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We had a big response to our last article on how your investments interact with the Age Pension. That discussed how they can combine to deliver your retirement income.  Our readers have identified investing in super and other investments as one of the areas where they would most like some help; so, this week we’ll delve into how your investments matter.

In retirement there are some levers you control and some you don’t.  Some areas where you can exercise significant choice and others where you can’t.   The Age Pension is where you basically have no choice but to follow the rules, but you have a lot of flexibility in your super and other investments.

And what a difference the way you invest can make!  The simplest way to illustrate that is to show the gap between a very conservative investment earning a low return and a high return (with higher risk) investment.

Let’s take the last 10 years.  It’s been a very good period for people who are comfortable with growth investments like shares and property. But a very poor period for those who like the comfort of the conservative vehicles like bank deposits.

A $100,000 investment in Australian shares at the start of the period grew to $254,000 over 10 years  (a 9.76% increase p.a.), while a cash investment grew to only $124,000 (2.15% increase p.a.).  That’s a big gap – $130,000 – more than the starting investment (1).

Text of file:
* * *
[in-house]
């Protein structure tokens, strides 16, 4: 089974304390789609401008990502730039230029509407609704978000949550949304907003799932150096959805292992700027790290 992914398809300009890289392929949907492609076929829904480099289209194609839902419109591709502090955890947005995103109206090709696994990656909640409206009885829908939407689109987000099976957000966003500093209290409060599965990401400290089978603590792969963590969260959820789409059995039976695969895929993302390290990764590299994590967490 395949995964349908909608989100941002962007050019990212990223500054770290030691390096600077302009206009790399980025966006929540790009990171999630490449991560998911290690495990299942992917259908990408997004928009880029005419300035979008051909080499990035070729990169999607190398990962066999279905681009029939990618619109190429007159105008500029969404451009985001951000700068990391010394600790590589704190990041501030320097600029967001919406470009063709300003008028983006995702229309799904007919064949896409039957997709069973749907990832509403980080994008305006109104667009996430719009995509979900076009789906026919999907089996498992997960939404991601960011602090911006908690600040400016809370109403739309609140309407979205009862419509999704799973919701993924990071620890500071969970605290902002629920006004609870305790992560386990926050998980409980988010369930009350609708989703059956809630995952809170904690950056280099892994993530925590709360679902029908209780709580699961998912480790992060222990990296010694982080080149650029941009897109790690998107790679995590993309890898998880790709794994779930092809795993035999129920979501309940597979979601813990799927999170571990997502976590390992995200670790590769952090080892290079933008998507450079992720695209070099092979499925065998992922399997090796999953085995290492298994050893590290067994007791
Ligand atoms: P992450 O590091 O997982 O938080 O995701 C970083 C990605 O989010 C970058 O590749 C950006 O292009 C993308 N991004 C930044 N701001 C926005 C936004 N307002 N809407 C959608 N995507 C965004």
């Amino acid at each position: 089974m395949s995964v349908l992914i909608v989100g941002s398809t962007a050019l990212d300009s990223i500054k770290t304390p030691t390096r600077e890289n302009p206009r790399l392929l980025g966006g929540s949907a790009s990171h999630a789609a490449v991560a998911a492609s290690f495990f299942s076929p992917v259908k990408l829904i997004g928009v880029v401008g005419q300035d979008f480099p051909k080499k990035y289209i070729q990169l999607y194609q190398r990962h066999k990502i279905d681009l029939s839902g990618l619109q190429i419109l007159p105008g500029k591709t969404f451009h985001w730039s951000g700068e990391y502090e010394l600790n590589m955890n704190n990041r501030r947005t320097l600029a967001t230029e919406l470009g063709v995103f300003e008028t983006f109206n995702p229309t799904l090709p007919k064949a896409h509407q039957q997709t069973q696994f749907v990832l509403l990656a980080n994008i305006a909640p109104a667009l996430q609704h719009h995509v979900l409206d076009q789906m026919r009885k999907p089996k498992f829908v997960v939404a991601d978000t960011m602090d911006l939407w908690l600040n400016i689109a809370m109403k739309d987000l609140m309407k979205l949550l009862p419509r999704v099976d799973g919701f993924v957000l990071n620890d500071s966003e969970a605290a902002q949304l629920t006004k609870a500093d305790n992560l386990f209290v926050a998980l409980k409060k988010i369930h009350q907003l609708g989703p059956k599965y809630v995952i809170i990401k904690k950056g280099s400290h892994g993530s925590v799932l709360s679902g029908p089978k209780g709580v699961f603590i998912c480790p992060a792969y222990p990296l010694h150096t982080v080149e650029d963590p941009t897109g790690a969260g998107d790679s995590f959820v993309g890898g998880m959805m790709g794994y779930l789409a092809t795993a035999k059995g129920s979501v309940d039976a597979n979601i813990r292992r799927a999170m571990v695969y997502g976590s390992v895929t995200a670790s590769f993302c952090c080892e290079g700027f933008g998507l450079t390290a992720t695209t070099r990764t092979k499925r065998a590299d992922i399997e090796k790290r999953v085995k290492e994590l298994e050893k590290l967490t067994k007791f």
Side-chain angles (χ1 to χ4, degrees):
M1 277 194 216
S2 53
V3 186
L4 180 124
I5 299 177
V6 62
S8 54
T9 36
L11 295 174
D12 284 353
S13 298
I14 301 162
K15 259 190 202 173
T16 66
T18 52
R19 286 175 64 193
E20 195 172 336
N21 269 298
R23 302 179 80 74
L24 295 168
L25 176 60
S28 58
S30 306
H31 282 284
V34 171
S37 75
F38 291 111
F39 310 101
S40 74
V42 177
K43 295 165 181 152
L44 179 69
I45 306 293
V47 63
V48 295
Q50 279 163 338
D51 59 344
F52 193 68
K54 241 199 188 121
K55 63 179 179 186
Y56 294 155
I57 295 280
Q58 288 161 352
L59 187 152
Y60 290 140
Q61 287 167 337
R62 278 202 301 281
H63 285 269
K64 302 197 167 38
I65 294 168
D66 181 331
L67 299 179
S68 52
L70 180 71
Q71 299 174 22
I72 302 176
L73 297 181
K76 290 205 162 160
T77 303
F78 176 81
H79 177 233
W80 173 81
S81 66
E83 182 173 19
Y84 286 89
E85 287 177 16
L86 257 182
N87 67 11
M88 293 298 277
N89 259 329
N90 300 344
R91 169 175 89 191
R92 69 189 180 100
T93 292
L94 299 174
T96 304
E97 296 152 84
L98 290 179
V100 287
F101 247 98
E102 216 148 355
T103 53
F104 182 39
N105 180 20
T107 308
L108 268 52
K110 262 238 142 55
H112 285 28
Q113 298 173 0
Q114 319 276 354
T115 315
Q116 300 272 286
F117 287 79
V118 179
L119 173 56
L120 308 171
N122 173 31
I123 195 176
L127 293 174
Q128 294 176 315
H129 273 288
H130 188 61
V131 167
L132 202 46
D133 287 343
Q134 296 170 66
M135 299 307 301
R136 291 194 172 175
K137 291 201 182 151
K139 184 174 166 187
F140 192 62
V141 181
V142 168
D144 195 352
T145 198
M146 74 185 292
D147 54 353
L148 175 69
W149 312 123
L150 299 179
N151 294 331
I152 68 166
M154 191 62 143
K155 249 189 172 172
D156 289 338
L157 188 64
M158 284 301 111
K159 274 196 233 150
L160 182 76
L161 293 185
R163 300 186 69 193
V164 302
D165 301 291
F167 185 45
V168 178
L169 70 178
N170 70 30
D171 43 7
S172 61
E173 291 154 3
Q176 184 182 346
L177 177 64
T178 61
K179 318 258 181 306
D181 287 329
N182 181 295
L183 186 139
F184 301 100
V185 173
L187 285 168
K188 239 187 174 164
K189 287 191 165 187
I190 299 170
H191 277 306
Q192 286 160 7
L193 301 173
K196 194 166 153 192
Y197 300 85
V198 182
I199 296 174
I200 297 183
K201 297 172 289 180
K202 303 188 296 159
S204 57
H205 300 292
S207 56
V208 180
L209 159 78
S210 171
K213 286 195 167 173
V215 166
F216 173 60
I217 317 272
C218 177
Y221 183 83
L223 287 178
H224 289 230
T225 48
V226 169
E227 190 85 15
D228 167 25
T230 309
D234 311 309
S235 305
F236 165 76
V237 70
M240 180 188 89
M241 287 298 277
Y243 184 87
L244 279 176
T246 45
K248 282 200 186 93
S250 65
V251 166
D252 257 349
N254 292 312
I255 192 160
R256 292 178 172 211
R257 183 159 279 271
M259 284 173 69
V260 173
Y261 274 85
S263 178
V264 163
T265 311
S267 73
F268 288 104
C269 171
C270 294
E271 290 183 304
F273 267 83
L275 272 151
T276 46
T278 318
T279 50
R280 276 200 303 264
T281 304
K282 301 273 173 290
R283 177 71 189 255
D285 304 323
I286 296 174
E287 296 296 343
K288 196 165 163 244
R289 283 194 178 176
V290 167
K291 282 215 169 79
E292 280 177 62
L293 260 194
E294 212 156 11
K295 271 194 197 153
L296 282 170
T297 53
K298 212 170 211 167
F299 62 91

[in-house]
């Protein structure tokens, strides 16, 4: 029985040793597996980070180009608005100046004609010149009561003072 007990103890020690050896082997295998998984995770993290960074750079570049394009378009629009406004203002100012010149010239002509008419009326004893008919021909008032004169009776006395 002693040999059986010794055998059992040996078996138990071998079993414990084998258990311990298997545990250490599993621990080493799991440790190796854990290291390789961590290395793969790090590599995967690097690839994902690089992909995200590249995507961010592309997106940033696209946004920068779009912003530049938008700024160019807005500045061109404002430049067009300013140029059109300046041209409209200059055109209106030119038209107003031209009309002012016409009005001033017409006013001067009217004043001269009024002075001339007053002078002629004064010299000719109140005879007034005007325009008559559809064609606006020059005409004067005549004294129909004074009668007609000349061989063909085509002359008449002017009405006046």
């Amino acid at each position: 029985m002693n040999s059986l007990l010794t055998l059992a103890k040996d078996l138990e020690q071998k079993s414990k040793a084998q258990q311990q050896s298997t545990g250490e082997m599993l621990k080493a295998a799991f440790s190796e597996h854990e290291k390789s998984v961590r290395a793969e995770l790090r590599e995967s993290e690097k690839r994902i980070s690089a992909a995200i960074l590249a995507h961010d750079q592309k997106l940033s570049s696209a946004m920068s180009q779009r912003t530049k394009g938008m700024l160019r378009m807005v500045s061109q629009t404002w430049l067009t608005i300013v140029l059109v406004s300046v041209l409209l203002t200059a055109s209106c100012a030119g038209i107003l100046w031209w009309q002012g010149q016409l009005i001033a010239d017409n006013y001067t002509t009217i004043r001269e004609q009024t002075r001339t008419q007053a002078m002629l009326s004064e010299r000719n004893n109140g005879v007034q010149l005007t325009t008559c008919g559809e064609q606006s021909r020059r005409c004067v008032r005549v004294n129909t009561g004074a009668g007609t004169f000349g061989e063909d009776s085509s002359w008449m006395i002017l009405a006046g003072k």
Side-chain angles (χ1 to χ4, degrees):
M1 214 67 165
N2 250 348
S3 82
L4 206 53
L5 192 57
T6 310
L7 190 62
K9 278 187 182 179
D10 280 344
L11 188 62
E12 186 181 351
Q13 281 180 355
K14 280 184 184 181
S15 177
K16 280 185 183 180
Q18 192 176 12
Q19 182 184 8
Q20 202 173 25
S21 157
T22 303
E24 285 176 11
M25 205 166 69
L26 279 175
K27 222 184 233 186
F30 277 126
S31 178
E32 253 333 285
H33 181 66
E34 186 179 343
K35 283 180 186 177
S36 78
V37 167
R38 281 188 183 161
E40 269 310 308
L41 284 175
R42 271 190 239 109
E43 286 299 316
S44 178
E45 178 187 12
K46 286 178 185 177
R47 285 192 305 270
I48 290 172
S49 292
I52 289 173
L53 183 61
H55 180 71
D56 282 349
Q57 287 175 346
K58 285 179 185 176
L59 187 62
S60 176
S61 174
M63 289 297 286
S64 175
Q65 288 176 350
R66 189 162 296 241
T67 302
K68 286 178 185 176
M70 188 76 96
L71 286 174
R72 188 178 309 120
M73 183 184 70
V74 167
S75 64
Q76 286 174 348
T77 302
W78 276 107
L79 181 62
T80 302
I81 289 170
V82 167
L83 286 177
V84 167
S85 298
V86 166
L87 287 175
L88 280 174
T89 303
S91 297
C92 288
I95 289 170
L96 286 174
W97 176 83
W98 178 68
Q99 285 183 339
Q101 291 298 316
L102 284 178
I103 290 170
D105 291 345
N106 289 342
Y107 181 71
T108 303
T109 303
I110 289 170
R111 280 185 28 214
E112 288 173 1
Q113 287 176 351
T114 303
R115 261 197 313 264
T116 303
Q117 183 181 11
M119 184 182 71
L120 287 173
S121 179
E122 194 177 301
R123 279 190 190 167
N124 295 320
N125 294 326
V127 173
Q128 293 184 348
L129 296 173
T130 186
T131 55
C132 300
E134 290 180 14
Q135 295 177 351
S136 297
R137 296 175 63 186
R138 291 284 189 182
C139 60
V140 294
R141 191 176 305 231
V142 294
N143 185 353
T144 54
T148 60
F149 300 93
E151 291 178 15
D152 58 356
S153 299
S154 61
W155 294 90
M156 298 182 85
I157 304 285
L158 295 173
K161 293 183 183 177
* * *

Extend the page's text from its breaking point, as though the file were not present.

What difference can your investment approach make to your spending power?

How did that parlay into retirement income? Investment returns and investment capital drawdowns combine with the Age Pension, if you get it, to effectively create what you might call your “retirement salary.”   As we saw last week, the interaction with the Age Pension matters.

For someone on the full Age Pension we estimate that a single person with $200,000 in investments, (let’s say a super pension) at the beginning could have spent at a rate of $38,400 per year over a 30 year period at an 8% return but only at a rate of $31,300 per year if they were invested in cash earning 2% (2).

For a part-pensioner the assets test can reduce the added benefit from the extra return a little, as the amount of pension may be reduced, but the higher returns still matter.  So, a part pensioner with $550,000 in assets at the beginning of retirement earning 8% could spend $52,100 over 30 years, while another part pensioner with the same assets invested in low earning assets (2%) could spend $38,400 per year (3).

This isn’t to say investing in cash is wrong. In order to earn higher returns you do need to take on more risk and not everyone is comfortable with this.  Many people value the peace of mind that comes with the greater level of certainty that cash provides.  This peace of mind though often comes at a cost as the difference in spending power examples above show.  Its a basic risk return trade-off that everyone needs to be comfortable with

But, we don’t know what the future holds

There are two great uncertainties about retirement income:

  • we don’t know how long we’re going to live (and need our retirement income) and
  • we don’t know what investments will do.